The need to give back to the community

So what do we do about all this violence? As I write these words, I feel as saddened and burned out by the week, and its subsequent reportage, as any other Torontonian. Do we round up the gang-bangers and send them away forever? Boot them out of our precious city?

Certainly, this kind of political talk plays into people's feelings of helplessness and anger. And in a world where people are hungry for quick fixes and sound bites, for instant gratification, there's no patience for the long, slow rebuilding process: implementing after-school programs, hiring more community workers to act as mentors, adding more job training programs in marginalized areas.

However, if we don't invest now, in so-called priority neighbourhoods, with music classes, athletic facilities, and skills training and mentoring, we will all pay more in the long run.

My son tells me, "Dad, you should be giving back more to your community."

He's right. Certainly, I'm no celebrity. That status faded long ago. However, I do believe that the powers-that-be who are currently influencing our community – artists, musicians, authors, filmmakers, journalists, athletes (the Argos and Raptors have already made profound and far-reaching contributions) – need to do much more in reaching out to children and teenagers at risk.

Presently, there are more black songwriters and producers creating international hit records than ever in our country's history. I'm not just talking about say, Drake, but the musical geniuses behind Drake's records. Their influence, their reach, among young people is enormous.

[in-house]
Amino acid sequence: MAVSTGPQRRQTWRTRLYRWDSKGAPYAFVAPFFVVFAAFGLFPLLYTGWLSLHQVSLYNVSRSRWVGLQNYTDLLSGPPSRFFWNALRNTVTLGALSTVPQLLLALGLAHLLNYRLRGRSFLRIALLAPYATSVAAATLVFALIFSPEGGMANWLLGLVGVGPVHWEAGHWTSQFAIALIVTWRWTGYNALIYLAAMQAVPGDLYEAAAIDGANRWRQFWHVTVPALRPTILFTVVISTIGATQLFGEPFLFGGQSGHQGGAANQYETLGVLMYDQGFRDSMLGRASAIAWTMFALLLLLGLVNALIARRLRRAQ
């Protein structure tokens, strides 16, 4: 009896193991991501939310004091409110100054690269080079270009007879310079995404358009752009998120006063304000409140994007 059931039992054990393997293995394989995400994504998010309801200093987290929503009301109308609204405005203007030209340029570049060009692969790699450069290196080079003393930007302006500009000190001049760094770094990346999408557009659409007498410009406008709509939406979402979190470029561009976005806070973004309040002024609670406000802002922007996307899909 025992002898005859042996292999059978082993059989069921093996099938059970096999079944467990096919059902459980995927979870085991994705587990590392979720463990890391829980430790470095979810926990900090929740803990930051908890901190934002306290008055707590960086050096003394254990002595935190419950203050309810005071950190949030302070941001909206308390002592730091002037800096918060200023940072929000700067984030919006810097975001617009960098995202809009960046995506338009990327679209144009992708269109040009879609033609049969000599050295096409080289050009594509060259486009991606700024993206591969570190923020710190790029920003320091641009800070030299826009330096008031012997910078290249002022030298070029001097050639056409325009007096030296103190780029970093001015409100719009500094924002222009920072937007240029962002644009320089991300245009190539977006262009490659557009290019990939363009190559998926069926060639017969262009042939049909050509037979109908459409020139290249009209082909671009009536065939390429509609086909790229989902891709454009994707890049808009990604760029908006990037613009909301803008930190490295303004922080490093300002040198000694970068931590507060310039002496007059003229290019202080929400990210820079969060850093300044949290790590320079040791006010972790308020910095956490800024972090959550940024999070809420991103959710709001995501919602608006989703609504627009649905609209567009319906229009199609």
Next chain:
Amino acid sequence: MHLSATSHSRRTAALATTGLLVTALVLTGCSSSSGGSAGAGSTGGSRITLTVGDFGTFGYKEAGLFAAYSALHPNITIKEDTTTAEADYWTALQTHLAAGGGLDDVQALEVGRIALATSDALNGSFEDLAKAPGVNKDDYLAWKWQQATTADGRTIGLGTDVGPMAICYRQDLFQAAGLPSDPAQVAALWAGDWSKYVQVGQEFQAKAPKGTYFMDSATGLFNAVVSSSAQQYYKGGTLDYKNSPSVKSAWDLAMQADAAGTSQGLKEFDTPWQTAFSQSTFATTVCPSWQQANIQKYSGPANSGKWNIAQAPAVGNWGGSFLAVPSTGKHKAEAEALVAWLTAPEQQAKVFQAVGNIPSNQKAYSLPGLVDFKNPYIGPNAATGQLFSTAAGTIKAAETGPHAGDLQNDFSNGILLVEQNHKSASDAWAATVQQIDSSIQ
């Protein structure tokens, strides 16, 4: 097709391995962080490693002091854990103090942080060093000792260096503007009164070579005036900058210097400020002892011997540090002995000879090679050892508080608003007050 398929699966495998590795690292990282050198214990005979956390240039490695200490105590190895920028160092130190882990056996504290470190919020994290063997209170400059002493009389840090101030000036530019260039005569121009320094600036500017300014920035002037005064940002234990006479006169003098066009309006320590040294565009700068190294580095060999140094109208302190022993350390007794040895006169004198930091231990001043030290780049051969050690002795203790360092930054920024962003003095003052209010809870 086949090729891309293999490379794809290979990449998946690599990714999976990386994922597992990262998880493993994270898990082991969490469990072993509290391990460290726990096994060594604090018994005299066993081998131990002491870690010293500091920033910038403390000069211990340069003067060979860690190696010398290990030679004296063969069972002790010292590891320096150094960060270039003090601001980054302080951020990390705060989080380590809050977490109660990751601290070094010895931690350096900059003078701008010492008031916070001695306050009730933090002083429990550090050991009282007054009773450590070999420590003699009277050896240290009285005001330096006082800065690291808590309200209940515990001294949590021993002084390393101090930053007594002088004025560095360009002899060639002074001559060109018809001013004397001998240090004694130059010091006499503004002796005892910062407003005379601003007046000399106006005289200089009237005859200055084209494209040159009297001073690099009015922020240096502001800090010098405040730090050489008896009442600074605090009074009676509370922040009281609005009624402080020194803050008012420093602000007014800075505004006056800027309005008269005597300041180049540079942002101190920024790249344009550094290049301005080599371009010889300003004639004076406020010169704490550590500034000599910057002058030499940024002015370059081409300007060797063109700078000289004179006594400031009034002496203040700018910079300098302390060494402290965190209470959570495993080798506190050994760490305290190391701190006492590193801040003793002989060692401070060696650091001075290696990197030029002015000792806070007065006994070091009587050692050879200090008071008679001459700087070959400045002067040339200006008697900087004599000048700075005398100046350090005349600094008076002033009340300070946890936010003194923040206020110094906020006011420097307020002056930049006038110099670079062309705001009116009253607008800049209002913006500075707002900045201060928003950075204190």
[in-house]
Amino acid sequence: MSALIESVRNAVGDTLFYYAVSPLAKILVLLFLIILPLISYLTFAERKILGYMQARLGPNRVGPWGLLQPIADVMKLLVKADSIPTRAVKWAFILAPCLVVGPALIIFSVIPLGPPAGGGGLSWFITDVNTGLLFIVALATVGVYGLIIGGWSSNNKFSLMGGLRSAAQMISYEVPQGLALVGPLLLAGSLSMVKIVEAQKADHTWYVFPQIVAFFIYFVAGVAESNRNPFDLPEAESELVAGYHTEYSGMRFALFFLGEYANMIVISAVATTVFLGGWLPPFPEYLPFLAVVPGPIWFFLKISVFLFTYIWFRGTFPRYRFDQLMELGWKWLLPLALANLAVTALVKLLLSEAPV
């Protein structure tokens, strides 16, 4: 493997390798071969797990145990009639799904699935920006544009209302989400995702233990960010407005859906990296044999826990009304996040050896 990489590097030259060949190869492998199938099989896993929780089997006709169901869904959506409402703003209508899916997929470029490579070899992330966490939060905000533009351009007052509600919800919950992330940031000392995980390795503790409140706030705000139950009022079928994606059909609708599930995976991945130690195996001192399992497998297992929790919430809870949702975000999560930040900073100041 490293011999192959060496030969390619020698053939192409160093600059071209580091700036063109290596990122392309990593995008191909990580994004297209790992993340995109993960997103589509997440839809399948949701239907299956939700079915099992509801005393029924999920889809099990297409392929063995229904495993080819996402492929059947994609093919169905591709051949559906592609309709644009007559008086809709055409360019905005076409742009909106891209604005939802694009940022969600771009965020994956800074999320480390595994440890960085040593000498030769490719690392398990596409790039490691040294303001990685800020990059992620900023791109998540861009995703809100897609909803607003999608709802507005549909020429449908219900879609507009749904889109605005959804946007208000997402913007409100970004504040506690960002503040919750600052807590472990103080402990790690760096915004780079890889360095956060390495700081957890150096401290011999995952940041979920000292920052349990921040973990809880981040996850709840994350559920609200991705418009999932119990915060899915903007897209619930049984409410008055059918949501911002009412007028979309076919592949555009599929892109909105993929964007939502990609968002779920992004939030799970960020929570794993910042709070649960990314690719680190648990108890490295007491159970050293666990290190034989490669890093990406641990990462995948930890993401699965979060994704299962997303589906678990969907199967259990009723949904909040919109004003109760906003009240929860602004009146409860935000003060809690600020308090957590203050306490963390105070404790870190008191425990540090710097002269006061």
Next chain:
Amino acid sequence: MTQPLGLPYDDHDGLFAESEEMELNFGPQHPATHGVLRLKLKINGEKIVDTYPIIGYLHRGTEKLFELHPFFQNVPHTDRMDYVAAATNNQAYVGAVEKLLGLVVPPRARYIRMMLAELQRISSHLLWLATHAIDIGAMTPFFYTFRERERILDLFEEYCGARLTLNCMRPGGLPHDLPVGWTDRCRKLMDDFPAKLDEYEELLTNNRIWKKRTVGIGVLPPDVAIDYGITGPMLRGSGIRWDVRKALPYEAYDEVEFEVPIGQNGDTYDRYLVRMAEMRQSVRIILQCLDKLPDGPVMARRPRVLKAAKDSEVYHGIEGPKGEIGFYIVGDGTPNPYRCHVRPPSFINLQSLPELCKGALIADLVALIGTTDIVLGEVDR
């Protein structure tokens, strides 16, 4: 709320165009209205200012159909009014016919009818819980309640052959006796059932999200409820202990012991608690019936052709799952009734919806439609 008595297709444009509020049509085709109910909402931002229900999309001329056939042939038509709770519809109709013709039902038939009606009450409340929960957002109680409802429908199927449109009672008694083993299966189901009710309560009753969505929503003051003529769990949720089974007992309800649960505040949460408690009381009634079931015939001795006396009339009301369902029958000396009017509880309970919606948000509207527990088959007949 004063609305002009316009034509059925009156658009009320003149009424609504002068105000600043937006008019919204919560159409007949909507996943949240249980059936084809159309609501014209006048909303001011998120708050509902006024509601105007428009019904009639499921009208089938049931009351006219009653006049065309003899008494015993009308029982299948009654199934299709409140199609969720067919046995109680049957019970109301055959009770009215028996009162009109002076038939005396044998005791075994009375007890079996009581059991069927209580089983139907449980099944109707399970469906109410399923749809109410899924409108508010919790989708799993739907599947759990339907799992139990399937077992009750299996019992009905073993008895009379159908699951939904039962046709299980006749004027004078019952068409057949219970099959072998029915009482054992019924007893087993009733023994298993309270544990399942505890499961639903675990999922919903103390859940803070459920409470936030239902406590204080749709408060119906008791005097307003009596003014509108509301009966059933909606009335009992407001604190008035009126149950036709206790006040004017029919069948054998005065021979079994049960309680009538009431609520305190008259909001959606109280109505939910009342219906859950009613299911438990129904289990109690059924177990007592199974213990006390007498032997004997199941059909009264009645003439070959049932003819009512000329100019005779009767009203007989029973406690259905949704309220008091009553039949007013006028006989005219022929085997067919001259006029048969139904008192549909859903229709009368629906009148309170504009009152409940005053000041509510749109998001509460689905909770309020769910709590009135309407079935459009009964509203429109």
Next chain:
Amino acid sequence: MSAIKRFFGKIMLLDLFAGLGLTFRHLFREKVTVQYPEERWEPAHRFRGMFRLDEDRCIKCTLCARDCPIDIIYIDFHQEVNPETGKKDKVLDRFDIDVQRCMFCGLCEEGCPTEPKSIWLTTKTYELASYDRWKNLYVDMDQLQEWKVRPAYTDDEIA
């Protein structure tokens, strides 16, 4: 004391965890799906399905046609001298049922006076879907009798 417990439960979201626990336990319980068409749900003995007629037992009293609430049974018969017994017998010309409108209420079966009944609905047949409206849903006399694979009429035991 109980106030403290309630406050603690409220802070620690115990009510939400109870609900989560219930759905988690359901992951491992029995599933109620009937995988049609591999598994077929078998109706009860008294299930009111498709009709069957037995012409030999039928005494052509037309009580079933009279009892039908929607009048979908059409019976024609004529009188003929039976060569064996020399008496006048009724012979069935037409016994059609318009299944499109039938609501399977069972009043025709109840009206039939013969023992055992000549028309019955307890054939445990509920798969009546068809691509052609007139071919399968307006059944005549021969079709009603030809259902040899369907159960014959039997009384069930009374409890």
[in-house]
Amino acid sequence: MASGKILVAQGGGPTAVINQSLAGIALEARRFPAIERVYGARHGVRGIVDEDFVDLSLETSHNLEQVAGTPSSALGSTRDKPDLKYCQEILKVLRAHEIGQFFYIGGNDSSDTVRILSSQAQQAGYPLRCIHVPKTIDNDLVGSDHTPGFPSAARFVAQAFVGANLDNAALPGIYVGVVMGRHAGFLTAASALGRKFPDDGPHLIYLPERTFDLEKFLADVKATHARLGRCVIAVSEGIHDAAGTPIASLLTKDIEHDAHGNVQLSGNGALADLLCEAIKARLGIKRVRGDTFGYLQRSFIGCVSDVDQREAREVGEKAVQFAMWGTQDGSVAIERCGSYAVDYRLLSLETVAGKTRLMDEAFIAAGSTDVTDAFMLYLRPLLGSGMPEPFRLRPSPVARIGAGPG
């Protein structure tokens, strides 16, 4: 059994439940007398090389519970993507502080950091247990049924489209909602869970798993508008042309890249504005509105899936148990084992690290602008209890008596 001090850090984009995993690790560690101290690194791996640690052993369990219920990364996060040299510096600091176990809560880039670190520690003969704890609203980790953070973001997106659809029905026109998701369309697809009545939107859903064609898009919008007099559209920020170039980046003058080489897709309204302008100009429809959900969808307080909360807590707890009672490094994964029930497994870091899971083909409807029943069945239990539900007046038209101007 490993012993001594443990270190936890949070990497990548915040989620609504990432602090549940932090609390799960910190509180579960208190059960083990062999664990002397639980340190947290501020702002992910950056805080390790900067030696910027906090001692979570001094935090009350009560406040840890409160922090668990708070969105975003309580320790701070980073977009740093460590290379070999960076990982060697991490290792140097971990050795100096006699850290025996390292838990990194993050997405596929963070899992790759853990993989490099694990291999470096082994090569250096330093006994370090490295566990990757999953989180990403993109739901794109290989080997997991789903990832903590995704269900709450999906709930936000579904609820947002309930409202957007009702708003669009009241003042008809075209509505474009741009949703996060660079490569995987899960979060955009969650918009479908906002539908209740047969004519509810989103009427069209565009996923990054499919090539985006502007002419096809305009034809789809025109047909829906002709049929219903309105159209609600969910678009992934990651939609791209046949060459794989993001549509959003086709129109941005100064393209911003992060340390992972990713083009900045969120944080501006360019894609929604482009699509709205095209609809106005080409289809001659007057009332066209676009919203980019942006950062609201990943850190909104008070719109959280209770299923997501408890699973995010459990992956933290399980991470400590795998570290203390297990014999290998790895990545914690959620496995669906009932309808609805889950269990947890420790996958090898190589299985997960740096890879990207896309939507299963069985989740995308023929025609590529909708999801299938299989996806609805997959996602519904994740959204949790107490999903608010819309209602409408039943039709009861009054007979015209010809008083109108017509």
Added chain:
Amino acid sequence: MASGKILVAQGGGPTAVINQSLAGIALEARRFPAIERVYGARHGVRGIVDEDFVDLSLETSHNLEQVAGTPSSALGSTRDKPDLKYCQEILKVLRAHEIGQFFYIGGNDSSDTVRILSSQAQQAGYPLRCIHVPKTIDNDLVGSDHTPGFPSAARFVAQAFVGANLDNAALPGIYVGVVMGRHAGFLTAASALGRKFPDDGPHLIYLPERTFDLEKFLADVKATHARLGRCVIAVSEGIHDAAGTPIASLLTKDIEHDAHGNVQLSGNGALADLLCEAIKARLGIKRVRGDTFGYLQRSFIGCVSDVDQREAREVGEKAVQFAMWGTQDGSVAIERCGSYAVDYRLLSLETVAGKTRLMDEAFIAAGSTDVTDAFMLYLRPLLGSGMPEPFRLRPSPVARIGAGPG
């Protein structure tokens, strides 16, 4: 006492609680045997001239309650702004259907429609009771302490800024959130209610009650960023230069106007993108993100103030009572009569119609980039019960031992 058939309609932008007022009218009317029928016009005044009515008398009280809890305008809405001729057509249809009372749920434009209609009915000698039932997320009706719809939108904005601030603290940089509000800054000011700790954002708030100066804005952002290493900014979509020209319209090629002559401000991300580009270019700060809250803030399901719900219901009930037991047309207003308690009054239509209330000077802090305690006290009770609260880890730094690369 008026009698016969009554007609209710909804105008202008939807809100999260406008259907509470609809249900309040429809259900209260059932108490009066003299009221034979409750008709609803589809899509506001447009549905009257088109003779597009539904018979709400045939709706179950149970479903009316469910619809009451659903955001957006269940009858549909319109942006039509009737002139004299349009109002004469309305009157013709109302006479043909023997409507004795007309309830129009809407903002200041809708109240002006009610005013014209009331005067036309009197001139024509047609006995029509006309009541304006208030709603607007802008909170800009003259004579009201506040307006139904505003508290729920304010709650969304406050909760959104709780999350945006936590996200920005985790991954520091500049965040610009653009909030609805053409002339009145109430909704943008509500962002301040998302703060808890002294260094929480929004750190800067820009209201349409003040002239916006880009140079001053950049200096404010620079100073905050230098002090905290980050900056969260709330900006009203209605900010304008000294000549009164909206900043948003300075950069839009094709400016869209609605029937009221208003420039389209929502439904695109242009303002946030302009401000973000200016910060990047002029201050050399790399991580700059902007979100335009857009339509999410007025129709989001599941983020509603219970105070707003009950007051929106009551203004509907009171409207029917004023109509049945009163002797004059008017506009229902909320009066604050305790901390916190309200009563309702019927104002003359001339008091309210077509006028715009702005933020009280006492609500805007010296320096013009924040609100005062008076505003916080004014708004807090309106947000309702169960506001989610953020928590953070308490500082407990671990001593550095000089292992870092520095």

Media campaigns, 30-second PSAs discussing violence and how to combat it, and maybe a few more people simply opening up their homes and hearts to one kid at a time, would surely make a difference.

What can we, as citizens of (as my dad described Toronto to his dad in a 1949 letter) this "splendid but tainted city," do to help?

We need to become more involved with high-risk youth. For example, my brother, Lawrence, has taught creative writing to inmates. My wife and I have done volunteer work in prison, and trust me, it's strangely uplifting to be struck out by an inmate at a prison softball game.

If you have a business, connect with excellent programs such as Eva's Phoenix and create an opportunity to work or intern in your business. There are dozens of these programs out there, and they need money and, even more, staff and volunteers.

Without these programs, Stephen would be in jail.

Be a Big Brother. Invest, attend or give instruments to music programs such as the ones at the Regent Park School of Music. Volunteer to tutor at public schools in at-risk neighbourhoods and in youth shelters.

If you play an instrument, even better. Sling your guitar to wherever you're going and you'll be amazed by the connective power of music: It knows no boundaries, cultures or class.

Regardless of your political affiliation, lobby for more municipal, provincial and federal funding for youth programs. Yes, it costs money now, but it saves all of us even more money in the long run. Remember: Jails, lawyers, judges and courts cost a hell of a lot more tax dollars than social programs.